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by Carey Murphy and Michael Bowen & r & & lt;a href= & quot;http://click.linksynergy.com/fs-bin/click?id=rQy1MLe70wI & amp;offerid=78941.466970863 & amp;type=10 & amp;subid= & quot; & Guitar Wolf & lt;/a & Golden Black Anthology *** & r & I spent a lot of time, early in Guitar Wolf's career, wondering if anyone in the Japanese punk group could actually speak English. Were they merely mimicking the English syllables, or actually singing words? One day, I realized it doesn't even matter.


This is punk, kids. How you say what you're saying is everything. Don't give me that social consciousness crap, the youth movement malarkey -- that was a very specific, very American phenomenon -- punk, at its roots, was about making brash (and usually visual) statements. You think Sid Vicious spent less time getting dressed than David Bowie? Hogwash! Punk has a style manual like everything else, and it's stricter than most. All you get are three chords, rebellion and studded belts.


Guitar Wolf have that steez flat, especially on their version of "Summer Time Blues." In punk, the statement is always less important than letting people know you're making one. Guitar Wolf's statement is simply that they're making one. That's the punkest thing to hit punktown since ... ever. -- Luke Baumgarten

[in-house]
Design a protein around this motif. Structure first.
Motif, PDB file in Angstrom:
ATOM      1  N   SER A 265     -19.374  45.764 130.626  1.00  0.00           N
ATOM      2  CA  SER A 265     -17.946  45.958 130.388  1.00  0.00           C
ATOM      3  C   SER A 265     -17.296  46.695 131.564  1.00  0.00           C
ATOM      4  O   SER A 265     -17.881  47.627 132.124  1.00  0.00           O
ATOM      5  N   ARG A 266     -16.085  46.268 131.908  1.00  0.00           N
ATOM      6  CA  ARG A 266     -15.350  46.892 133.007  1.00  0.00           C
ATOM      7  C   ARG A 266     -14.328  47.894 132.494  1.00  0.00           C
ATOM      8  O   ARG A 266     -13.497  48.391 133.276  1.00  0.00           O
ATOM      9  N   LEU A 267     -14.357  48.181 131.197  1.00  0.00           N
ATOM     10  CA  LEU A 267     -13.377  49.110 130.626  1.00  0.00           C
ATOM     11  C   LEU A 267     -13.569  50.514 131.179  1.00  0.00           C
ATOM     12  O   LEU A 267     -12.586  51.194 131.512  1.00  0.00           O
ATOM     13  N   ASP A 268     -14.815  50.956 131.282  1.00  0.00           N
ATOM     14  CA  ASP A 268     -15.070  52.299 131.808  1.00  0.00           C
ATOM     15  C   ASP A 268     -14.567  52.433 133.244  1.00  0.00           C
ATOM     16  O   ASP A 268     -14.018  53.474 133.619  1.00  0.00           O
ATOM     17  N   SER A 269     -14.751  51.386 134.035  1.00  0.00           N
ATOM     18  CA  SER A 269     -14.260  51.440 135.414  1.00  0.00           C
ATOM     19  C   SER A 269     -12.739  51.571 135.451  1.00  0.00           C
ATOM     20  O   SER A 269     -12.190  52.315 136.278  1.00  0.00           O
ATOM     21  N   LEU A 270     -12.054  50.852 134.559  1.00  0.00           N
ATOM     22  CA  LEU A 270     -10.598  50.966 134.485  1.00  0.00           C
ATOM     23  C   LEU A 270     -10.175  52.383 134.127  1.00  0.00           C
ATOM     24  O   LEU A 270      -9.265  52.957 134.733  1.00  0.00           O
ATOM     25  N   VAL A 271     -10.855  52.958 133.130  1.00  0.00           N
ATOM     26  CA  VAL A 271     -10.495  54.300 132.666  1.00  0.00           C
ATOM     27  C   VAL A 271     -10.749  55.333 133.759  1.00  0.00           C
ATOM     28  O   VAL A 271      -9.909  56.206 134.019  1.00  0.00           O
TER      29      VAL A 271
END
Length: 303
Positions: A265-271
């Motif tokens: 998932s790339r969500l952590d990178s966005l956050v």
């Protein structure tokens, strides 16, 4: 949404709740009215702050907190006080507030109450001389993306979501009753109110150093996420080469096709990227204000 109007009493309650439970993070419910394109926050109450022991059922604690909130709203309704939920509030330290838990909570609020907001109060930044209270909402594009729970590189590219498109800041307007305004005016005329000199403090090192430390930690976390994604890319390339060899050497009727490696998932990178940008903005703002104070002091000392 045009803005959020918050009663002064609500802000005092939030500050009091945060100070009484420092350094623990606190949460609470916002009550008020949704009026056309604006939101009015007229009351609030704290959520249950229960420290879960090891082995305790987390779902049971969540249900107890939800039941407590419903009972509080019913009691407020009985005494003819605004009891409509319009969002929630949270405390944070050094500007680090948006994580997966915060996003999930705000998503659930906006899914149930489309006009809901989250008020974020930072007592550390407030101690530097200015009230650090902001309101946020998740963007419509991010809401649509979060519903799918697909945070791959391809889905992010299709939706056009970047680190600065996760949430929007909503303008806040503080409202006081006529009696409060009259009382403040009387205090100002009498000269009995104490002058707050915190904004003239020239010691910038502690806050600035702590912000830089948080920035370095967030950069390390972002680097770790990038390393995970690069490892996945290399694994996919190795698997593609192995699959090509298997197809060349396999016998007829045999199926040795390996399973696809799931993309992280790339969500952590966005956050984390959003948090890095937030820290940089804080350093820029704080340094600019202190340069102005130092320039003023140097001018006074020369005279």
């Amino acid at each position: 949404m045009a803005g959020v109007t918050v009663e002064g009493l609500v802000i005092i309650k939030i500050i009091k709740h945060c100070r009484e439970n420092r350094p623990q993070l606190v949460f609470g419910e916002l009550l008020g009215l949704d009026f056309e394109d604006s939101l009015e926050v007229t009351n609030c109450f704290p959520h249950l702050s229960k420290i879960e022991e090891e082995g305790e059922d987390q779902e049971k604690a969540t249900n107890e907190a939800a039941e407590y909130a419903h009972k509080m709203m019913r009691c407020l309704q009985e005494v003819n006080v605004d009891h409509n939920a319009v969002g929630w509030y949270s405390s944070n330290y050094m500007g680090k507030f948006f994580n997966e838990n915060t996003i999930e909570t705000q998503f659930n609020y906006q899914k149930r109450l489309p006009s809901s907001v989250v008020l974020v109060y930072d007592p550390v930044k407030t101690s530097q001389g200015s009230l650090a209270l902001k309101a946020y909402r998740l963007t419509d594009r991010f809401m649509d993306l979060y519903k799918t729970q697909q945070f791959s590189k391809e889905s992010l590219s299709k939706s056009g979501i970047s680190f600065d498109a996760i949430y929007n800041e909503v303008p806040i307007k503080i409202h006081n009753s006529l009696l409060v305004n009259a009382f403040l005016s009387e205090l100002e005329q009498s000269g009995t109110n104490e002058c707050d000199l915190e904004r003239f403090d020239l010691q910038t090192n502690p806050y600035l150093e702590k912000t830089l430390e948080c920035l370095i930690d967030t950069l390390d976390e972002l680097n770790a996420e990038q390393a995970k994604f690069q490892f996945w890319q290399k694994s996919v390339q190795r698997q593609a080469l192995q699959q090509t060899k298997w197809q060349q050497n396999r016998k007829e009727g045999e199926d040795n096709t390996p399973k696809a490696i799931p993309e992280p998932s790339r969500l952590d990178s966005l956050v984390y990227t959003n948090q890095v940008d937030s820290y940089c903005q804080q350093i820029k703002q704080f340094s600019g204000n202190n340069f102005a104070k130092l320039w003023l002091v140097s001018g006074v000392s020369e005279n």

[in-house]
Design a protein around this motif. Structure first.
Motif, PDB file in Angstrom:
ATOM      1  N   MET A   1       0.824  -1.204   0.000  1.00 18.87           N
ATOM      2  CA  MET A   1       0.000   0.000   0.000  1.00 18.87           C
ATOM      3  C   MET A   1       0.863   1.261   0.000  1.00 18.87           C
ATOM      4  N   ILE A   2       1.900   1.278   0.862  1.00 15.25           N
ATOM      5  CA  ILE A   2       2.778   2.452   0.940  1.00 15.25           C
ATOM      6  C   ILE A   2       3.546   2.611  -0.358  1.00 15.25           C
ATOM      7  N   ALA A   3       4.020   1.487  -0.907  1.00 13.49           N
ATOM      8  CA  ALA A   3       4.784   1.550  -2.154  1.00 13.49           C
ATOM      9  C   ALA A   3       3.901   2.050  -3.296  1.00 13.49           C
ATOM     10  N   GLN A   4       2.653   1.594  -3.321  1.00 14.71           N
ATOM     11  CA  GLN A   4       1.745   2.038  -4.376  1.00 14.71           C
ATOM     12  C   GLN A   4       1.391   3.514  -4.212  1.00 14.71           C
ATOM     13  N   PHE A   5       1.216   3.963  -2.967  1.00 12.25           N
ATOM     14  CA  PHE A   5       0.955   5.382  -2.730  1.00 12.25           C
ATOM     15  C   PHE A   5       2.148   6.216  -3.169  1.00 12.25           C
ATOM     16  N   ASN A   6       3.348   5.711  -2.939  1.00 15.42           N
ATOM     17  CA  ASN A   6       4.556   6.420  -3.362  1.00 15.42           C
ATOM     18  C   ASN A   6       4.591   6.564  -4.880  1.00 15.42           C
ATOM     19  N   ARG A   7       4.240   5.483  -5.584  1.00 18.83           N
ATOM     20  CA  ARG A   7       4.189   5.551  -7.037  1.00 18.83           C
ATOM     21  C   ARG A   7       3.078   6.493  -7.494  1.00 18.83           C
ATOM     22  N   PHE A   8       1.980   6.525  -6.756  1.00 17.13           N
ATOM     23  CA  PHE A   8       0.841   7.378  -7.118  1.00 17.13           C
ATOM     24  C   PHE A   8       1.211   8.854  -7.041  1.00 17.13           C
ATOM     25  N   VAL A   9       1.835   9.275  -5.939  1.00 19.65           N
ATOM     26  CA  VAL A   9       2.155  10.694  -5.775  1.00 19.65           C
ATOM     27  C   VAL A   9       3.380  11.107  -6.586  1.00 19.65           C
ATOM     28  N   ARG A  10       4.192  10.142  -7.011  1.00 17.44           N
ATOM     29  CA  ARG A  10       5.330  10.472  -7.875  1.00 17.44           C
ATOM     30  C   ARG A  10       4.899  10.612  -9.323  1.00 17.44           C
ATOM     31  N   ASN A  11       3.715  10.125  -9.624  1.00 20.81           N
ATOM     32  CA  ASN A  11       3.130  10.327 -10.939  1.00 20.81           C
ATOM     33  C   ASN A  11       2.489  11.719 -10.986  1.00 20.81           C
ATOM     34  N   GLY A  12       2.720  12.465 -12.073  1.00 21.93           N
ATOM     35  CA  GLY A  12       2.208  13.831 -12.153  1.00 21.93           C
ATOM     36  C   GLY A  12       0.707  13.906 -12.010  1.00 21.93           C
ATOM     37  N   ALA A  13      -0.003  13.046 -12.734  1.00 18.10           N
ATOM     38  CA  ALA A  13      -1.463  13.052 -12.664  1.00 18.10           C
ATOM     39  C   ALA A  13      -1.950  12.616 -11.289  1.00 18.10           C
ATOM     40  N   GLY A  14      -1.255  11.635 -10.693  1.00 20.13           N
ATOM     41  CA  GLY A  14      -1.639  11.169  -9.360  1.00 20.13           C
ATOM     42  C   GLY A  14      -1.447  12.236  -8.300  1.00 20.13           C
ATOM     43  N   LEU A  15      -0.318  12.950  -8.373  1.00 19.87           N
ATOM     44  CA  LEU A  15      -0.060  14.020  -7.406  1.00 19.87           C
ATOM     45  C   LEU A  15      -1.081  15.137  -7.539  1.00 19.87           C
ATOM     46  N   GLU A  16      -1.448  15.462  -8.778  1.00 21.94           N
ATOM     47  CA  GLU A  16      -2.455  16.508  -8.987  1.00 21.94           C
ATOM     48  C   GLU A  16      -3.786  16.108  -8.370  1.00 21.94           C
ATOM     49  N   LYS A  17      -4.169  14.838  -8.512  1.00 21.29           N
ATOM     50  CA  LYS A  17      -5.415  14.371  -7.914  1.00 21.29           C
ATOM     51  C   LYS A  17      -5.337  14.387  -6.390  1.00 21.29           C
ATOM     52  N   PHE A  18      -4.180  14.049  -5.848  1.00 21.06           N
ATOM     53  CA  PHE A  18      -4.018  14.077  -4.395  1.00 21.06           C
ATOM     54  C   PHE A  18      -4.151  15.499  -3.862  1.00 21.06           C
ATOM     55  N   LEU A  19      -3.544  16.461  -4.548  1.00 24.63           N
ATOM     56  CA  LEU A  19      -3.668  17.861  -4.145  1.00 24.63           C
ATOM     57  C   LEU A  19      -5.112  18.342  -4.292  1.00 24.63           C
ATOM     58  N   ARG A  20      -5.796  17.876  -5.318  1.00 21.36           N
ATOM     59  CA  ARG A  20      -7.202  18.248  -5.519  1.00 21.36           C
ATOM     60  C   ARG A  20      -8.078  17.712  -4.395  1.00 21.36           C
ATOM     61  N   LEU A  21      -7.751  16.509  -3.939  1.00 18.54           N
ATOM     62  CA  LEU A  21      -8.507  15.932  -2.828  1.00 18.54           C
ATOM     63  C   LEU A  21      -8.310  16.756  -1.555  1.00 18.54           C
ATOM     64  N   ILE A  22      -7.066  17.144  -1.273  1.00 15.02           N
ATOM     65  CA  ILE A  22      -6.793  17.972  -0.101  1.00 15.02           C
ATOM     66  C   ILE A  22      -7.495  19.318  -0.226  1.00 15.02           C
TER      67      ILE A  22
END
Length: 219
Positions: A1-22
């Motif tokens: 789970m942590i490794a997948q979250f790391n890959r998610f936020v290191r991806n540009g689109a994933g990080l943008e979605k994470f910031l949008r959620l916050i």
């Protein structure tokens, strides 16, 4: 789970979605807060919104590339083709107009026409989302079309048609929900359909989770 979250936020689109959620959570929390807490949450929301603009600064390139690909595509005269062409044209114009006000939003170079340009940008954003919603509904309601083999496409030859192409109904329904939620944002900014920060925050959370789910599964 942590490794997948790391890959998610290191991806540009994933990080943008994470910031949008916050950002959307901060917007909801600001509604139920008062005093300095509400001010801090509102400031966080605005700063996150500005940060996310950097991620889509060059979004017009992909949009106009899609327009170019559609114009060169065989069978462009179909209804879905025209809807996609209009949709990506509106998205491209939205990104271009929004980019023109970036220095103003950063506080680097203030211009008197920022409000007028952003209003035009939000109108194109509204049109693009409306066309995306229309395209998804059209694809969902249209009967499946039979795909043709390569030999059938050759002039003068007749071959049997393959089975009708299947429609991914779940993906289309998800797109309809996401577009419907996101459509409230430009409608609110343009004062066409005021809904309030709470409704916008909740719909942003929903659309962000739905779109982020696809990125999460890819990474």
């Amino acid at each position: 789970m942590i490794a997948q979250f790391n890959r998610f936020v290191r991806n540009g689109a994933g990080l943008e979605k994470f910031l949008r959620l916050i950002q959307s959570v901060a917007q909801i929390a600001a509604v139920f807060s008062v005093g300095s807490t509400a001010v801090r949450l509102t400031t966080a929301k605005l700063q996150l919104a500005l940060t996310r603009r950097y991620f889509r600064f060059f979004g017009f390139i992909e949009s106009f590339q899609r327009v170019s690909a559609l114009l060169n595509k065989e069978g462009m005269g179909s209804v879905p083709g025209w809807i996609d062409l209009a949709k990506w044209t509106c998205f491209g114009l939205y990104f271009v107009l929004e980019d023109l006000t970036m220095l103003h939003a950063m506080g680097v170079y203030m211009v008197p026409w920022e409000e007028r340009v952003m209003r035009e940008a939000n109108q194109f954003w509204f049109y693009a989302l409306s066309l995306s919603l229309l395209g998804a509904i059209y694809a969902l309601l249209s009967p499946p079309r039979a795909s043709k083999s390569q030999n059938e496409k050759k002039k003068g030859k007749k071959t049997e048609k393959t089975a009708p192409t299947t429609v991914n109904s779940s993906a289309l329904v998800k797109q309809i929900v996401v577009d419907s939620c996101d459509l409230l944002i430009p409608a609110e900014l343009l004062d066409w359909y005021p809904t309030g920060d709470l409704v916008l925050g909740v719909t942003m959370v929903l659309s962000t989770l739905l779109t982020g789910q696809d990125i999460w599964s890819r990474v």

Fiona Apple & lt;a href= & quot;http://click.linksynergy.com/fs-bin/click?id=rQy1MLe70wI & amp;offerid=78941.466970864 & amp;type=10 & amp;subid= & quot; & Extraordinary Machine & lt;/a & *** & r & I don't care how long it took Fiona Apple to release this album. If more artists would take a cue from her obvious perfectionist tendencies, there wouldn't be such a deluge of crap-rock out there, and there wouldn't be such a dearth of music actually worth buying. Here, Fiona Apple has taken her time and made an album that is worth every cent you'll spend to acquire it.


Still specializing in the piano-driven, waifish dirges of angst-ridden disappointments, Fiona Apple seductively lulls the listener through Extraordinary Machine with her hypnotic voice. The title track is just capriciously Wonka-ish enough to cloud its very serious subject matter. Though it sounds like child's play, this is for adults only. "Get Him Back" keeps the tempo high in order to mask the horrific self-effacing lyrics and the lengths to which the speaker goes to impress her man. We're not talking the good kind of impression.


The album may preach only to the choir, but the choir's growing steadily. -- Carey Murphy
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